Cricket is not the first thing that comes to mind when one talks about Jaipur. The city has always been a prime destination on India's tourism map, and with all its forts, palaces and regal air, it is steeped in colour, culture and history. There is the iconic Hawa Mahal, surrounded by busy jewellery bazaars, and the Amber Fort is an elephant ride away. Think of a sport in Jaipur and polo is probably a better fit. But cricket not only exists in the city, it thrives there.
The Sawai Mansingh Stadium, the main cricket venue in the city, hosted its first international match - an ODI against Pakistan - in 1983, but the ground was at the centre of attention when Pakistan president General Zia-ul-Haq came over to watch a Test between the neighbours in 1987. Since then it hosted the odd match for a couple of decades, including a few during the 1987 and 1996 World Cups, but it took another mercurial personality to lift the fortunes of Jaipur - Lalit Modi. The ground has been a regular venue for international matches since 2005.
India v Sri Lanka, October 2005
Kumar Sangakkara's unbeaten 138 powered Sri Lanka to an imposing 298 in the first of the five-match ODI series and India's chase was jolted when Chaminda Vaas took out Sachin Tendulkar in the first over. In walked MS Dhoni - still in his first year in international cricket - and launched a blinding assault, which included ten sixes and 15 fours in an unbeaten 183. India won with nearly four overs to spare.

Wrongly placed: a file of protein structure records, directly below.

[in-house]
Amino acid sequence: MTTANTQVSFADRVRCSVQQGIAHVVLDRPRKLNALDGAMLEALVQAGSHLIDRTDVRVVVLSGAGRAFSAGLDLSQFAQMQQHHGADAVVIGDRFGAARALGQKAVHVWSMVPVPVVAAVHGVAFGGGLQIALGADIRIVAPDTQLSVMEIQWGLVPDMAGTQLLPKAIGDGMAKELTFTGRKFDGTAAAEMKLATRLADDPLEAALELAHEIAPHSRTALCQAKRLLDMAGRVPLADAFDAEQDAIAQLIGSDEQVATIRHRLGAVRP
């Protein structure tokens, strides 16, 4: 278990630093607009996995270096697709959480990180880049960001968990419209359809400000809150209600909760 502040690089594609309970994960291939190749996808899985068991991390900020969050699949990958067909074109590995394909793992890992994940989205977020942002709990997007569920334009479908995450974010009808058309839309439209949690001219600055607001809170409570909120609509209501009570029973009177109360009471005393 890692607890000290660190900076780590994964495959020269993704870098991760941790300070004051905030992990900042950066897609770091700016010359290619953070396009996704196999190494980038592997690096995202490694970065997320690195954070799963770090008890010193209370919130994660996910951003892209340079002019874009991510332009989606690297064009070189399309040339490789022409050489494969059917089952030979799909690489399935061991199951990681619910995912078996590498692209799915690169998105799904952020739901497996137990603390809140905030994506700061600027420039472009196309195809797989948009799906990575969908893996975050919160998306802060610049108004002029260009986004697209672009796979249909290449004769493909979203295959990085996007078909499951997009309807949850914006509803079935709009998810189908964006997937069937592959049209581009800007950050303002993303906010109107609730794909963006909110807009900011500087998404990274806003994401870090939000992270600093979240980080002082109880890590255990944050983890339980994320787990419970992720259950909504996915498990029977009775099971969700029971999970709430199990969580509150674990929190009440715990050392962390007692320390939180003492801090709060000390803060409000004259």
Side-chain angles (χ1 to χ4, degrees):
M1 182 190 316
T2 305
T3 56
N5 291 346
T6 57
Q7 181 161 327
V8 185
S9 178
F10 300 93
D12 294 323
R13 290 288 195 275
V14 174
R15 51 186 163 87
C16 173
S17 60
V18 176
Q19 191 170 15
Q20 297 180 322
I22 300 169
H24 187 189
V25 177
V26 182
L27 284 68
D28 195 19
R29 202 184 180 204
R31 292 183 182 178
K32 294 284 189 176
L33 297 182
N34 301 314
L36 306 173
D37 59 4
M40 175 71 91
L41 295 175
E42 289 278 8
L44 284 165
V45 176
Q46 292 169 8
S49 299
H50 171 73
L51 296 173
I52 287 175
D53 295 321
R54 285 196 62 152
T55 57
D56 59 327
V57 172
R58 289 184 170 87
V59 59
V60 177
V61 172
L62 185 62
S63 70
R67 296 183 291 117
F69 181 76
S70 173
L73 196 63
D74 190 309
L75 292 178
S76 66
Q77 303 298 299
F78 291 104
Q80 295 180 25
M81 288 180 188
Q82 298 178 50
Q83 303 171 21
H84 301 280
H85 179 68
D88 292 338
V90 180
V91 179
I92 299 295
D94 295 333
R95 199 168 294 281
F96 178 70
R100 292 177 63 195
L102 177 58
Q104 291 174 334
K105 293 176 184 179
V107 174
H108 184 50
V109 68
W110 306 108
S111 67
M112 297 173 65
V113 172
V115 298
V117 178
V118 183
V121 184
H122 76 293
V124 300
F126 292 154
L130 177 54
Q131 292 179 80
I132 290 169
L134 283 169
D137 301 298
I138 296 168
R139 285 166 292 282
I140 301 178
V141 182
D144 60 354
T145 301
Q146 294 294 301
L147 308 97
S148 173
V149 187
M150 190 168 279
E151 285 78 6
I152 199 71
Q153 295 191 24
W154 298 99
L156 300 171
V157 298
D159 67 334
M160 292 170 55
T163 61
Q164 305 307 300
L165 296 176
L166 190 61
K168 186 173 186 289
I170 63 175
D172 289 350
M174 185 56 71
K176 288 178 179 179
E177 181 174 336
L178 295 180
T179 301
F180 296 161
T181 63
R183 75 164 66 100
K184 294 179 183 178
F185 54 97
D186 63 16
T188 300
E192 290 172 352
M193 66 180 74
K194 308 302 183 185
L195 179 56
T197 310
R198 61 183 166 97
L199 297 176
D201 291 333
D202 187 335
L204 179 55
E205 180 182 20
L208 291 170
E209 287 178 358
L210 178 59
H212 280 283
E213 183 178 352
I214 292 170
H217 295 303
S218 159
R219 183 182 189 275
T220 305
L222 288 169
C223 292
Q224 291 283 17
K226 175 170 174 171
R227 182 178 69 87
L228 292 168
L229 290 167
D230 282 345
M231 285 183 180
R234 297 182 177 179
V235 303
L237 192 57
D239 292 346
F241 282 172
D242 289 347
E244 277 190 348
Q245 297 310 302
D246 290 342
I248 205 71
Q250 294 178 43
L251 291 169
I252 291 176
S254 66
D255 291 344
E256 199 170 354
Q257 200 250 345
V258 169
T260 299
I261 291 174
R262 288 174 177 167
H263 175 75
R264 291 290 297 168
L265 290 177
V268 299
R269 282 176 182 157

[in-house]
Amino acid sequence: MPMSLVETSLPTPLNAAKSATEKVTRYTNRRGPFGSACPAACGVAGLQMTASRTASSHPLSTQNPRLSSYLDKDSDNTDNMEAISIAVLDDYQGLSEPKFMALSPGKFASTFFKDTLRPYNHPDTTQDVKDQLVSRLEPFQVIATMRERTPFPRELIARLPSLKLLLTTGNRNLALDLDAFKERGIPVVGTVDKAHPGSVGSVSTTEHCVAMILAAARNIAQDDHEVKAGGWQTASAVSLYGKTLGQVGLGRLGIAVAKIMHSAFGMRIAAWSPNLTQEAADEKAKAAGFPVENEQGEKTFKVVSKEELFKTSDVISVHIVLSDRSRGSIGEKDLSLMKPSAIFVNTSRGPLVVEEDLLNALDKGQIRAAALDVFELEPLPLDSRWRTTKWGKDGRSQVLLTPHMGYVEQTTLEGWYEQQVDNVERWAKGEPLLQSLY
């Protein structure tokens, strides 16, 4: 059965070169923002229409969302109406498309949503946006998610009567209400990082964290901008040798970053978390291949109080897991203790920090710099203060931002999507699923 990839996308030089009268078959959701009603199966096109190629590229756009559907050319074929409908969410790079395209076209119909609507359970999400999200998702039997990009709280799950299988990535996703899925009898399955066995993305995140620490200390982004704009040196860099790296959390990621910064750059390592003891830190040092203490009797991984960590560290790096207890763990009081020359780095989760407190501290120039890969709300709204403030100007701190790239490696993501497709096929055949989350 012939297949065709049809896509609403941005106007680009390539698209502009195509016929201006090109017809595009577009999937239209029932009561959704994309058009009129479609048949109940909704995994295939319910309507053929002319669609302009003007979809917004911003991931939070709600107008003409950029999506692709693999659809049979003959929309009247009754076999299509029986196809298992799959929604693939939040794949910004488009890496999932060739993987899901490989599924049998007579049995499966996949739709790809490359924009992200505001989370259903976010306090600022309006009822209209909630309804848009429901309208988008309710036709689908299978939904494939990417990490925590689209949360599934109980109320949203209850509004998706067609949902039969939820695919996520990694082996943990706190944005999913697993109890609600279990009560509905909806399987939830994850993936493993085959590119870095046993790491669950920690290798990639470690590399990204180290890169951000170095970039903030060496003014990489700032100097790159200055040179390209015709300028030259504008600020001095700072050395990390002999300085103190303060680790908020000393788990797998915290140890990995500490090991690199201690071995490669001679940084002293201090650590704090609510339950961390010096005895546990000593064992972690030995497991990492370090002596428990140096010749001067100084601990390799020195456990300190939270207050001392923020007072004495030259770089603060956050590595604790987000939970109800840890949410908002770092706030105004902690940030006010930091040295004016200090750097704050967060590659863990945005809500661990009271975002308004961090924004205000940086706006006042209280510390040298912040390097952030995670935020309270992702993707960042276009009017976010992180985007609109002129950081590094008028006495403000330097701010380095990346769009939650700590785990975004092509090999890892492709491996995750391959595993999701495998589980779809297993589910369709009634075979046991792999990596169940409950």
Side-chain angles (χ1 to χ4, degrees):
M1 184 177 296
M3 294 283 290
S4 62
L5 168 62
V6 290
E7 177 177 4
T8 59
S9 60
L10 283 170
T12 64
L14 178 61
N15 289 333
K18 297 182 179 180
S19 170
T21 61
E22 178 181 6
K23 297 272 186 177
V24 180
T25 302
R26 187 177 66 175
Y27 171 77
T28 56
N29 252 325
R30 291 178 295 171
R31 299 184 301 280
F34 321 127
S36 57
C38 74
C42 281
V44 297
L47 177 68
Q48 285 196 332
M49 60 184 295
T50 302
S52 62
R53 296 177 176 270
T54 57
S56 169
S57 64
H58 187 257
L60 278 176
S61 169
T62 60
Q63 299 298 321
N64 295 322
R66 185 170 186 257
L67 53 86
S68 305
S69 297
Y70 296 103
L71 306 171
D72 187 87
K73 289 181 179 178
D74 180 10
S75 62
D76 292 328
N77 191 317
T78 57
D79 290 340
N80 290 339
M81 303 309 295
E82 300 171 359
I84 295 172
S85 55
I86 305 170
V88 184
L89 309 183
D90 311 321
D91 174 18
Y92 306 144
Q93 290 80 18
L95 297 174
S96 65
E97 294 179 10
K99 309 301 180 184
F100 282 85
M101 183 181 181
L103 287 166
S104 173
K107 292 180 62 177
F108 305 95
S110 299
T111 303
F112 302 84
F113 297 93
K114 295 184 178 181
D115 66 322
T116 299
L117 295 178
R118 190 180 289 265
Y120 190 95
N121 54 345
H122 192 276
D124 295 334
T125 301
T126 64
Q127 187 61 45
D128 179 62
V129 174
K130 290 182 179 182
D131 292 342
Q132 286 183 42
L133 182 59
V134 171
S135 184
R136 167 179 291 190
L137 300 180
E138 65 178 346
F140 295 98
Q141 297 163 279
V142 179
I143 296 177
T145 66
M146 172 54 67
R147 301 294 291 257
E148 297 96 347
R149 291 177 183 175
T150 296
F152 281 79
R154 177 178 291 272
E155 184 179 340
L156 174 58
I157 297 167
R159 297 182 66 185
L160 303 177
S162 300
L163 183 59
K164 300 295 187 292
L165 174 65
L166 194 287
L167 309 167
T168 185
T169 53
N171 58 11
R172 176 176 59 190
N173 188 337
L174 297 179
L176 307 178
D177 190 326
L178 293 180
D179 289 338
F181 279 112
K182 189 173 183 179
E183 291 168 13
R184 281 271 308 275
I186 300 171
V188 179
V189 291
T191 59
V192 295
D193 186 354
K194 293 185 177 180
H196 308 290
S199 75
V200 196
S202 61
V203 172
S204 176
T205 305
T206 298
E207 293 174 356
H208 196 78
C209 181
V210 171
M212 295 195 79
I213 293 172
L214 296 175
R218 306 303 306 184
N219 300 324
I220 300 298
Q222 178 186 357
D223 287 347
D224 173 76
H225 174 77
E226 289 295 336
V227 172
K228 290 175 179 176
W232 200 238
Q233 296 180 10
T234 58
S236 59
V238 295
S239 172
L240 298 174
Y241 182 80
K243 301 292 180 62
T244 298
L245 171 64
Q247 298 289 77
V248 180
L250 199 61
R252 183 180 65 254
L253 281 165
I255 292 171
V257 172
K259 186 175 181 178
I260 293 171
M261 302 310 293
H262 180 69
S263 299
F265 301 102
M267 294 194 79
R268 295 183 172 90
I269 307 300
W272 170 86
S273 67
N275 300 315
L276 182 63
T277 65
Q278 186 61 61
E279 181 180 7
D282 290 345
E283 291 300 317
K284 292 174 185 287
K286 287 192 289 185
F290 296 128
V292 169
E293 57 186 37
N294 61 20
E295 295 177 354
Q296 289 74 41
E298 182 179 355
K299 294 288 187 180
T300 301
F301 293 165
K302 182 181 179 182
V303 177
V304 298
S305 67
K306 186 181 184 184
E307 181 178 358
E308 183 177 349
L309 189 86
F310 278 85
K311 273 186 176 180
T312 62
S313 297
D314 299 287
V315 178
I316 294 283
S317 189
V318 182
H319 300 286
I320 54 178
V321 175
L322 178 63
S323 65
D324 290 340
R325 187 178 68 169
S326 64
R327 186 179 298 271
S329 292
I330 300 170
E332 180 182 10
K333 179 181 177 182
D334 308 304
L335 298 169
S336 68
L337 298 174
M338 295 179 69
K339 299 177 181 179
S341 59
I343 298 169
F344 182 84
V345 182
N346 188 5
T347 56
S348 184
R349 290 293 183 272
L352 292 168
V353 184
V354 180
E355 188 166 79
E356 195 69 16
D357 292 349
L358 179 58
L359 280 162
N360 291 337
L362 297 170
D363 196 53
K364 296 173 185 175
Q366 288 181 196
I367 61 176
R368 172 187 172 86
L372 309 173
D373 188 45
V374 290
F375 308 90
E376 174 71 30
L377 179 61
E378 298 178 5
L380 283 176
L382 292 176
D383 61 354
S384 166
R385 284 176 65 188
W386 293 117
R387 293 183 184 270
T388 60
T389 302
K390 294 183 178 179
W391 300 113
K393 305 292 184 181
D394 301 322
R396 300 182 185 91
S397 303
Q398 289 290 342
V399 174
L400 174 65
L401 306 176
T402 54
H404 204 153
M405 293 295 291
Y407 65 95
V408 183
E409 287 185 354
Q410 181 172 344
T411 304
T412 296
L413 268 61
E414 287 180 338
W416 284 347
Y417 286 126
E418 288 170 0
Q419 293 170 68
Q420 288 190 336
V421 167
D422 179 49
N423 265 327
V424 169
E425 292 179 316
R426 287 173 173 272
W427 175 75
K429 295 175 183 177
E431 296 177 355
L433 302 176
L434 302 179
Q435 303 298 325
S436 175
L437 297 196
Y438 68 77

India v Pakistan, March 1999
In the Pepsi triangular tournament, Pakistan beat India three times in three matches to take the trophy. The first win, in Jaipur, was the biggest. Saeed Anwar's 95 set the base for Pakistan's 278, and when India started their chase, two of their best batsmen - Sourav Ganguly and Rahul Dravid - were blown away by Shoaib Akhtar. India never recovered from the early shock and were bowled out for 135 in the 37th over.
India v South Africa, February 2010
South Africa needed 62 off the last five overs, but were eight down. The game was almost in India's bag. Or so they thought. Dale Steyn and Wayne Parnell smashed the ball to all parts of the ground to bring the equation to ten off the last over. It came down to three off the last ball, but Parnell was run out attempting a second to give India a one-run win.
Rajasthan had a golden run in the Ranji Trophy in the '60s, when they made seven finals (though they went on to lose to Bombay every time). The second purple patch came almost 40 years later, when they took the Ranji title in 2010-11. They made sure that win was no fluke, by winning the trophy again the following year.
With the IPL came glitter, and the home team - Rajasthan Royals - turned that into a Jaipur light-fest with a win in the opening edition. They have lost their stars of the first season - Shane Warne and Yusuf Pathan - though, and are yet to repeat their early success.
Devashish Fuloria is a sub-editor with ESPNcricinfo